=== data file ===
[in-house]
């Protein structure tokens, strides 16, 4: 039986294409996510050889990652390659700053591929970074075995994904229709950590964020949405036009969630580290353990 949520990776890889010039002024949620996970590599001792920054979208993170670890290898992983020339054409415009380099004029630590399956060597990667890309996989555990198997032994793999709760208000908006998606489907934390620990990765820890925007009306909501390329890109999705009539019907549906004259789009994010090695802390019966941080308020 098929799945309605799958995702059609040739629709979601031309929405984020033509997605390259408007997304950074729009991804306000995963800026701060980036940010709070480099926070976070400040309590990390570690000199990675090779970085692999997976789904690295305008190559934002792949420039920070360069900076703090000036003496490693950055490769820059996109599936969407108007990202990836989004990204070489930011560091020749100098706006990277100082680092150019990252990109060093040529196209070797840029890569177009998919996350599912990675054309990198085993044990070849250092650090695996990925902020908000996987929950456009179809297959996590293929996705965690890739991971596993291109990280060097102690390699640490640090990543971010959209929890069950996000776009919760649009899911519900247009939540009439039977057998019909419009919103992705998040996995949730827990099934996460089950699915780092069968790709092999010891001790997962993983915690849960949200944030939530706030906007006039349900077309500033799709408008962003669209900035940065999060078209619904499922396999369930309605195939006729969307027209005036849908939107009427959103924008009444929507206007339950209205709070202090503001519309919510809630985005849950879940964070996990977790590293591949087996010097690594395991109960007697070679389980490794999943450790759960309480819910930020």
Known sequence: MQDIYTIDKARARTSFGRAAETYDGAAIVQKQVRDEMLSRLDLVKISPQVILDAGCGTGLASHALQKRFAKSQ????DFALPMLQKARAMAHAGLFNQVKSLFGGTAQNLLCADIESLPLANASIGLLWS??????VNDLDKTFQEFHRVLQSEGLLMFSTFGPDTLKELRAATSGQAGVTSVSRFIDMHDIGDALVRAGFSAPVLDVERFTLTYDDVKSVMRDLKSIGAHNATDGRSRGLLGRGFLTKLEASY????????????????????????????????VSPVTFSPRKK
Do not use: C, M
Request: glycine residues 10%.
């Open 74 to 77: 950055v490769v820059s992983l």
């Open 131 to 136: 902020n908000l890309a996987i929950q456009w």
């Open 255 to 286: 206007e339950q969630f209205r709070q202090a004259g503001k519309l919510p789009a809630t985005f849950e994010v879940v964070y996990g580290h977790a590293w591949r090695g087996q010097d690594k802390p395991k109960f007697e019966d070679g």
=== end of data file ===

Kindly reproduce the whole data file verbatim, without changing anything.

[in-house]
């Protein structure tokens, strides 16, 4: 039986294409996510050889990652390659700053591929970074075995994904229709950590964020949405036009969630580290353990 949520990776890889010039002024949620996970590599001792920054979208993170670890290898992983020339054409415009380099004029630590399956060597990667890309996989555990198997032994793999709760208000908006998606489907934390620990990765820890925007009306909501390329890109999705009539019907549906004259789009994010090695802390019966941080308020 098929799945309605799958995702059609040739629709979601031309929405984020033509997605390259408007997304950074729009991804306000995963800026701060980036940010709070480099926070976070400040309590990390570690000199990675090779970085692999997976789904690295305008190559934002792949420039920070360069900076703090000036003496490693950055490769820059996109599936969407108007990202990836989004990204070489930011560091020749100098706006990277100082680092150019990252990109060093040529196209070797840029890569177009998919996350599912990675054309990198085993044990070849250092650090695996990925902020908000996987929950456009179809297959996590293929996705965690890739991971596993291109990280060097102690390699640490640090990543971010959209929890069950996000776009919760649009899911519900247009939540009439039977057998019909419009919103992705998040996995949730827990099934996460089950699915780092069968790709092999010891001790997962993983915690849960949200944030939530706030906007006039349900077309500033799709408008962003669209900035940065999060078209619904499922396999369930309605195939006729969307027209005036849908939107009427959103924008009444929507206007339950209205709070202090503001519309919510809630985005849950879940964070996990977790590293591949087996010097690594395991109960007697070679389980490794999943450790759960309480819910930020």
Known sequence: MQDIYTIDKARARTSFGRAAETYDGAAIVQKQVRDEMLSRLDLVKISPQVILDAGCGTGLASHALQKRFAKSQ????DFALPMLQKARAMAHAGLFNQVKSLFGGTAQNLLCADIESLPLANASIGLLWS??????VNDLDKTFQEFHRVLQSEGLLMFSTFGPDTLKELRAATSGQAGVTSVSRFIDMHDIGDALVRAGFSAPVLDVERFTLTYDDVKSVMRDLKSIGAHNATDGRSRGLLGRGFLTKLEASY????????????????????????????????VSPVTFSPRKK
Do not use: C, M
Request: glycine residues 10%.
């Open 74 to 77: 950055v490769v820059s992983l």
């Open 131 to 136: 902020n908000l890309a996987i929950q456009w």
């Open 255 to 286: 206007e339950q969630f209205r709070q202090a004259g503001k519309l919510p789009a809630t985005f849950e994010v879940v964070y996990g580290h977790a590293w591949r090695g087996q010097d690594k802390p395991k109960f007697e019966d070679g």